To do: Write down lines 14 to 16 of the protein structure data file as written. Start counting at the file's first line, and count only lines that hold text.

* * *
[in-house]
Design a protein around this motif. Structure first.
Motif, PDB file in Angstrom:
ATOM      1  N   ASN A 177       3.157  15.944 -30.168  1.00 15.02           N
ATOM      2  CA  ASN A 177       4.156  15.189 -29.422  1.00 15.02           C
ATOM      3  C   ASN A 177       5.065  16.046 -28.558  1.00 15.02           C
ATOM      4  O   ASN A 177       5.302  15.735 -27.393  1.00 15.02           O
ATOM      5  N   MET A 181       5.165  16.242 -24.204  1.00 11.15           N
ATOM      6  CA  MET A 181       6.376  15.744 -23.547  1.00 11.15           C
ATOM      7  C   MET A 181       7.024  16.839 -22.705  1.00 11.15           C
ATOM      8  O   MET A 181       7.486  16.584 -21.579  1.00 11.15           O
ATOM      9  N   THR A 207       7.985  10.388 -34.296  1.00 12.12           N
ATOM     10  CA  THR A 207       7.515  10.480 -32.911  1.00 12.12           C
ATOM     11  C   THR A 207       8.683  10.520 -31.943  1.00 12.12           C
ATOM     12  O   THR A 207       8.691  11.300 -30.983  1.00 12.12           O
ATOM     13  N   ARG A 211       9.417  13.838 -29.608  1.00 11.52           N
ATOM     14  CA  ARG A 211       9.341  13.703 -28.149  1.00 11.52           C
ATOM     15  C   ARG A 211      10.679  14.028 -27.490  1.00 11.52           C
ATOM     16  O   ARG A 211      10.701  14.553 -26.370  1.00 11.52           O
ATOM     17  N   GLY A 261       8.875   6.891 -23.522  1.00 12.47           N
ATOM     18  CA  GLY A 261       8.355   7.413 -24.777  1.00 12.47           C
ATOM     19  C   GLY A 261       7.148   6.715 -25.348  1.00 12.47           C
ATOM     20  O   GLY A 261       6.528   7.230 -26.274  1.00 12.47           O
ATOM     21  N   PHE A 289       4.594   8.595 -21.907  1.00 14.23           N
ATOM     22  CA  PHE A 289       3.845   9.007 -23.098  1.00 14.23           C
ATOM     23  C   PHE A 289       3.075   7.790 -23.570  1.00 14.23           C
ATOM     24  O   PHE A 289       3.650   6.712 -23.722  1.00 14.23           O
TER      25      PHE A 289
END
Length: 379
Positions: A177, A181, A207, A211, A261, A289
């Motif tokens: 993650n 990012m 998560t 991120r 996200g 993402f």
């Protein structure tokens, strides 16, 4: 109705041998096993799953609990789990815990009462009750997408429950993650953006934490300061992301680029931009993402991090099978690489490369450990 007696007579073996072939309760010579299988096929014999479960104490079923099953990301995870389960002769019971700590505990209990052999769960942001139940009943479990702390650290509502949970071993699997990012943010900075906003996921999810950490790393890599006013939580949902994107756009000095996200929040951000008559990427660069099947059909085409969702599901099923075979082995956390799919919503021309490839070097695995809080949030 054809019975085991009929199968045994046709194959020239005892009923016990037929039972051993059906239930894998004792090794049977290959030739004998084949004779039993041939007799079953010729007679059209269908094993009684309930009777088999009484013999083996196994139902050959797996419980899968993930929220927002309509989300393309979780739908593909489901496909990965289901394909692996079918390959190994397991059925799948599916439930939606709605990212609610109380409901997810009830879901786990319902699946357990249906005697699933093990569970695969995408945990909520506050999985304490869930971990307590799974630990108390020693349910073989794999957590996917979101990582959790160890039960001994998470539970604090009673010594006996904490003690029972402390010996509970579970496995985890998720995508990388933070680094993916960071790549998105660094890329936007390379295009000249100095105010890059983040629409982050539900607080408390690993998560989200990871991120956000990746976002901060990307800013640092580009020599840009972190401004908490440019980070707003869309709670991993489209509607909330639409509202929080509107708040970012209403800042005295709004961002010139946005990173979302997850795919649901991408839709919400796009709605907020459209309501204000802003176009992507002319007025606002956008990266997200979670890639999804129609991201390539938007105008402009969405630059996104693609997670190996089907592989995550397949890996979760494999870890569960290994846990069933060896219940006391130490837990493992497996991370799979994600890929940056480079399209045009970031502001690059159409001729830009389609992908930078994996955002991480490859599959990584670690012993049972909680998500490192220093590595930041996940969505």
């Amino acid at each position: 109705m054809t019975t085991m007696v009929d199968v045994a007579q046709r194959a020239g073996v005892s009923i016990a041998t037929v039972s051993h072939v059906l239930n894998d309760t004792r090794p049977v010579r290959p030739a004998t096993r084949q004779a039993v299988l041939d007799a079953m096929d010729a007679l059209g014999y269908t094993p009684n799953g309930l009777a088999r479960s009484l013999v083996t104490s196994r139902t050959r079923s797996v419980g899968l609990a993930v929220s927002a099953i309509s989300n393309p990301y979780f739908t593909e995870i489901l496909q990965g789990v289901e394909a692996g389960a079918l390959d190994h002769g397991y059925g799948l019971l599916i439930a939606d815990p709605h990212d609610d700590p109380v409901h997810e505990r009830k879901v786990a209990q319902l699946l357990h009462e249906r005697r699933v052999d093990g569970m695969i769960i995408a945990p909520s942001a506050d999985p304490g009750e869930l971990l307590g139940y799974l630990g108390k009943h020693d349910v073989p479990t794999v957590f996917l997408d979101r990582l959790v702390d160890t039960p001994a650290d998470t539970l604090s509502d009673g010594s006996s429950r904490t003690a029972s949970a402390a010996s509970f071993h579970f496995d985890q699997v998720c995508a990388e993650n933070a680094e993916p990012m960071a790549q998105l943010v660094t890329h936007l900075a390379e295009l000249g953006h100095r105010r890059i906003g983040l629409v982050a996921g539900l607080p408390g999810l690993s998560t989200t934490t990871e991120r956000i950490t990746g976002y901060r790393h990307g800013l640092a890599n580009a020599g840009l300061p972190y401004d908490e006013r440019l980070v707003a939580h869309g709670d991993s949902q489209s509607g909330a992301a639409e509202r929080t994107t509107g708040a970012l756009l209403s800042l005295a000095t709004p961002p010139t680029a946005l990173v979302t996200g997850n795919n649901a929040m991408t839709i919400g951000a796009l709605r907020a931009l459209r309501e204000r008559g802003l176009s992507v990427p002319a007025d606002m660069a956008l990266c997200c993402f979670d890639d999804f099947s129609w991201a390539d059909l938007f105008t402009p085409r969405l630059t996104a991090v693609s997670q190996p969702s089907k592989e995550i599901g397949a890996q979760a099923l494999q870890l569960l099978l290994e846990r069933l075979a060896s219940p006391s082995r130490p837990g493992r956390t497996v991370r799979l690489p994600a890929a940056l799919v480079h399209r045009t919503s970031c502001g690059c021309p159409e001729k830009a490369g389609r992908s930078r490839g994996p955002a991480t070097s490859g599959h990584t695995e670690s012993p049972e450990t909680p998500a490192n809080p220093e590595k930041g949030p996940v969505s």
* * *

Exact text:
ATOM     11  C   THR A 207       8.683  10.520 -31.943  1.00 12.12           C
ATOM     12  O   THR A 207       8.691  11.300 -30.983  1.00 12.12           O
ATOM     13  N   ARG A 211       9.417  13.838 -29.608  1.00 11.52           N